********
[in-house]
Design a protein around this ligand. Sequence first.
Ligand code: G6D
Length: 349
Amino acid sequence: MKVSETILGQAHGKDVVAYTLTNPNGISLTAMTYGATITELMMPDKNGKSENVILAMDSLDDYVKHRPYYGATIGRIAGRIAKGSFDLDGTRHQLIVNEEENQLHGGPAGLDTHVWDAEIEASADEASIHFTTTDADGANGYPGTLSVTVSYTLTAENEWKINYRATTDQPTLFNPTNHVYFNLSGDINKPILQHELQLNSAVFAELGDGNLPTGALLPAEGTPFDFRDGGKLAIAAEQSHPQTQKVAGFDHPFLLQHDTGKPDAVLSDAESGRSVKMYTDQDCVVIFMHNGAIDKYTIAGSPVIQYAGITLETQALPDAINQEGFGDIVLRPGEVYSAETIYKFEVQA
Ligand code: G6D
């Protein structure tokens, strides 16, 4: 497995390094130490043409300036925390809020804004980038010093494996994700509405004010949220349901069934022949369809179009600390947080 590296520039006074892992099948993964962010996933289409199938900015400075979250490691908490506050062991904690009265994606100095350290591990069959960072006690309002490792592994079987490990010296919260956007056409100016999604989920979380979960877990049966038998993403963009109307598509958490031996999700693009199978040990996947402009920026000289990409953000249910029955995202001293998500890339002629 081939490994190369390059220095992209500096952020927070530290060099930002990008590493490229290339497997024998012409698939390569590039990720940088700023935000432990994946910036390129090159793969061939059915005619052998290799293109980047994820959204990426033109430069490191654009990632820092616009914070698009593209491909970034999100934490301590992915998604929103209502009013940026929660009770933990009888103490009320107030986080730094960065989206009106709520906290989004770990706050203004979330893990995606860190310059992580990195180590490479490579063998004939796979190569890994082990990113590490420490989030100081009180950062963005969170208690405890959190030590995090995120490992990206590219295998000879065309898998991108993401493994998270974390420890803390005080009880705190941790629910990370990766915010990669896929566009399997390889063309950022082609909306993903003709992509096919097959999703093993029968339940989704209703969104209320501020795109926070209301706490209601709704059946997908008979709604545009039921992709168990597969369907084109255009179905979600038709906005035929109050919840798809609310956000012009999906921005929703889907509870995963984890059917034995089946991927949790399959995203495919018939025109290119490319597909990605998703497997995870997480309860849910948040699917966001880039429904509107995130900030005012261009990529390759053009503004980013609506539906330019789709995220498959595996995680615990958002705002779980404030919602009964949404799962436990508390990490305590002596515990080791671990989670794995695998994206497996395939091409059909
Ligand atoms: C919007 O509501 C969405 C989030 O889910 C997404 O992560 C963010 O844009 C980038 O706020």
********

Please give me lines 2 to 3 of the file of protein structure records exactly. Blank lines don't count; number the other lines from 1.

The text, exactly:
Design a protein around this ligand. Sequence first.
Ligand code: G6D